It’s important to know that Type 1 and Type 2 diabetes are extremely different diseases. While they both deal with insulin and the body, their causes and treatments are very different.
Type 1 diabetics CANNOT make their own insulin. Type 1 is a genetic, auto-immune disease. It is thought that type 1 is present in the body’s genetic code and then it presents at various times. Basically meaning, it’s lying there in wait and decides to show itself at various ages. The majority of type 1 patients get diagnosed in their childhood and when they are adolescents, however it can happen later in life as an adult. The body begins attacking its own pancreatic cells, specifically the islet cells that make insulin in our bodies. It attacks these cells so aggressively that the patient stops being able to make any insulin whatsoever. Insulin processes the carbohydrates we eat and feeds our cells. If we don’t feed our cells, we have too much sugar in our system which wreaks havoc on everything from your kidneys to your eyes to the mood you are in. You cannot live (for long) without insulin. Only 100 years ago, a person diagnosed with type 1 diabetes would be lucky to stay alive for two more years and that life would be oneof misery and starvation.
This auto-immune attack on the pancreas cannot be prevented. If it’s in the genetic cards for you, you can’t stop it. Type 1 cannot be caused by an unhealthy diet, eating too much sugar, obesity or lifestyle issues. It cannot be cured (yet!) and patients will live with the disease for the rest of their lives. Thankfully, we now have treatments and technology to manage type 1 diabetes but that is what it is-a lifelong management. Patients take synthetic insulin via injections or by using an insulin pump and do all of the work and insulin calculations a normal pancreas does naturally in the body. They also constantly monitor their blood sugar numbers, trying to stay within a normal range. But when we say we manage it, we mean it is at the top of our minds every minute of every day. Tons of different things affect blood sugar. Food is the biggest one, but blood sugar is also affected by exercise, illness, sleep, co-occurring conditions, menstruation, stress, medication, altitude, weather… and the list goes on. Managing all of these things and injecting insulin for the various situations is a full time, exhausting job. And even the type 1 patients who have a lifetime of good control will feel the affects of the disease on their body and through various complications. Only 5% of the total diabetes population has type 1 diabetes, although the number of newly diagnosed type 1 patients is increasing each year.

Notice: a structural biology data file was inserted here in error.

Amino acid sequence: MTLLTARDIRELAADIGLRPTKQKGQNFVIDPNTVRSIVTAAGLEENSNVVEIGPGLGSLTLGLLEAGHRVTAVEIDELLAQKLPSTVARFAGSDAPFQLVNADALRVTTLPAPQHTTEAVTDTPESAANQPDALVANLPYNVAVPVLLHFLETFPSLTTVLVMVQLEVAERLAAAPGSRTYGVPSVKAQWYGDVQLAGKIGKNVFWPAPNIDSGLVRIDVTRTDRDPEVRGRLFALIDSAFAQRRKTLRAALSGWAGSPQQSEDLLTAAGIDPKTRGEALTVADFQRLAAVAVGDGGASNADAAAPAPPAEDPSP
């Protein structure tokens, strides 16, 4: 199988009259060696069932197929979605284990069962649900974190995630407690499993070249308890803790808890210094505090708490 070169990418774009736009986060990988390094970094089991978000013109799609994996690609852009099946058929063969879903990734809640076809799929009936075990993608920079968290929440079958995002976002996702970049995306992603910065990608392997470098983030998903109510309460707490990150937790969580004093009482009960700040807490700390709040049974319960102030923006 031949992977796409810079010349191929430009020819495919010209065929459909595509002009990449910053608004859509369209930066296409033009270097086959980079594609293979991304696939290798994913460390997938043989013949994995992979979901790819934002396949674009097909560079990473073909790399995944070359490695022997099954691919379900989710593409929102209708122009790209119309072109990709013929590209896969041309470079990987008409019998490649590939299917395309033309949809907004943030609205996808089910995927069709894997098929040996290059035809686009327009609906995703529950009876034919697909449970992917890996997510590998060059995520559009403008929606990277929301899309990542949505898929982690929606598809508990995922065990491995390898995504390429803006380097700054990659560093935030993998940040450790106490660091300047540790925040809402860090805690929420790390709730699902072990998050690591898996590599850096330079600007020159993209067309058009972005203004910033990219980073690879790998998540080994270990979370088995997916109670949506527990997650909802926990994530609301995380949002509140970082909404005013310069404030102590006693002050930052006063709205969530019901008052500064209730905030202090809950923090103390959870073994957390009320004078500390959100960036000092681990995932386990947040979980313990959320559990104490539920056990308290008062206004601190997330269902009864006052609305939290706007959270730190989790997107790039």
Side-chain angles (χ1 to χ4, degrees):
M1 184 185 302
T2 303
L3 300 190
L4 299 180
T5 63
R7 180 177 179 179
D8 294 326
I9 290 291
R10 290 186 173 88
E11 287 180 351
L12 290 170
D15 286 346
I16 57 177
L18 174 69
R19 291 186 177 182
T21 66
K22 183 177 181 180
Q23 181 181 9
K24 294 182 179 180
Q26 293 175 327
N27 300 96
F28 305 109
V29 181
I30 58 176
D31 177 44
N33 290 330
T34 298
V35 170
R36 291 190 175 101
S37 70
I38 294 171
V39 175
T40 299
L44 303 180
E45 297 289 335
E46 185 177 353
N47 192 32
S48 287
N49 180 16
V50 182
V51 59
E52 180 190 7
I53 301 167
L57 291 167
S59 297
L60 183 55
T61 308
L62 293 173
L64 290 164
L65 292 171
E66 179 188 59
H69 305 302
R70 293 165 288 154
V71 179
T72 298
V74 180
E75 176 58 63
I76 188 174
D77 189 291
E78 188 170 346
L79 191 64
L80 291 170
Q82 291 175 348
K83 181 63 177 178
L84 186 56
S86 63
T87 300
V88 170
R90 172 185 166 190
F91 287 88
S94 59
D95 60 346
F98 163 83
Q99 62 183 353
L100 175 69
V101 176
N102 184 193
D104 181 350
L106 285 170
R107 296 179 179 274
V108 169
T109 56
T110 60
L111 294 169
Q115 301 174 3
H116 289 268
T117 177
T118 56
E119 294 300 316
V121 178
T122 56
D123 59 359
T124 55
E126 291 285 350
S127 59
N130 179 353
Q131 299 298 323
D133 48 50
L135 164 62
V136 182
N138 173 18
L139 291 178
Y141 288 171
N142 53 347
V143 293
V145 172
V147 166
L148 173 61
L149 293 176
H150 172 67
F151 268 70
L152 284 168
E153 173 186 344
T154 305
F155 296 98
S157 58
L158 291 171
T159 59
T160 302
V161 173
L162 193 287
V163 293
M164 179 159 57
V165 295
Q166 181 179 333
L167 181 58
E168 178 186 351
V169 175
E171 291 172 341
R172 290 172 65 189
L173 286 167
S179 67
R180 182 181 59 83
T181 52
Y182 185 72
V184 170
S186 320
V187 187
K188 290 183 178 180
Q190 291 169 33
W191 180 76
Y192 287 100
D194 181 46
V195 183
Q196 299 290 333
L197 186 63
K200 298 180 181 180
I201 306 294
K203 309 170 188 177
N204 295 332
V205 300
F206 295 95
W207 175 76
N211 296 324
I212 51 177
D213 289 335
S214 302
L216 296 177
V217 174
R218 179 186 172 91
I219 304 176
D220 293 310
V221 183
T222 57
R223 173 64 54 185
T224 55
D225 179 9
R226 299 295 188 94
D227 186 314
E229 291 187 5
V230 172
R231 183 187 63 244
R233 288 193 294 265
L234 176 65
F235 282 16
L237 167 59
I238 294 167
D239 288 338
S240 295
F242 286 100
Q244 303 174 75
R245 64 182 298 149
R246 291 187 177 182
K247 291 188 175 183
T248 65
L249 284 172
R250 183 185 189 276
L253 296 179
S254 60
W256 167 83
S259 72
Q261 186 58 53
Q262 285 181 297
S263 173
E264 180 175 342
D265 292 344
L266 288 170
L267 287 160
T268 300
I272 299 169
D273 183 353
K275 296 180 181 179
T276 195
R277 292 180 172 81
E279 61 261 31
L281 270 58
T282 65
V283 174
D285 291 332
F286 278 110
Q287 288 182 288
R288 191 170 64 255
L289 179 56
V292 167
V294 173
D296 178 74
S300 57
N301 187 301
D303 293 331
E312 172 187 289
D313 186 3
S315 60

Type 2 diabetics CAN make their own insulin- BUT- they either aren’t making a sufficient amount or the insulin is not working properly in the body. Type 2 can be caused by an unhealthy diet and obesity however, there is a correlation between type 2 diabetes and hereditary genetics. It is similar to something like cholesterol- if your grandpa has high cholesterol and your dad has high cholesterol, you are likely headed for the same outcome. Same with type 2 diabetes. They are seeing that heredity genetic component of it. Type 2 diabetes CAN be prevented, even in someone with a family history of it.
Type 2 diabetes is also managed but it can sometimes be reversed. The big management tools are diet, activity/exercise, and monitoring the blood sugar levels allowing the body to process insulin efficiently and make enough insulin. Some type 2 patients take oral medication to assist their body with the insulin they are making. These medications help by delaying the breakdown of carbohydrates and reducing glucose absorption. Type 2 diabetics can also manage their diabetes by taking synthetic insulin via injections. Type 2 diabetics deal with the same exhausting management of their blood sugars and what affects them, the only help is that they still produce at least some insulin to assist them. They, too are affected by stress, illness, sleep, and many of the things that affect type 1’s blood sugar. And they also can experience complications and even death from uncontrolled type 2 diabetes. 95% of diabetics have type 2 diabetes.
And finally, there is one more type of diabetes which is Gestational diabetes meaning the diabetes comes on an affects the person during their pregnancy. Gestationaldiabetes is very similar to type 2 diabetes and occurs when your body can’t make enough insulin during your pregnancy. During pregnancy, your body makes more hormones and goes through other changes, such as weight gain. These changes cause your body’s cells to use insulin less affectively.
Gestational diabetes typically does not have symptoms and the patient would need to be tested for it. Treatment includes monitoring blood sugar levels, engaging in physical activity and eating the right foods at the right times. For most patients, gestational diabetes goes away soon after the delivery, but it can be a pre-curser to type 2 diabetes later in life. Every year in the United States, 2-10% of pregnancies will be affected by gestational diabetes.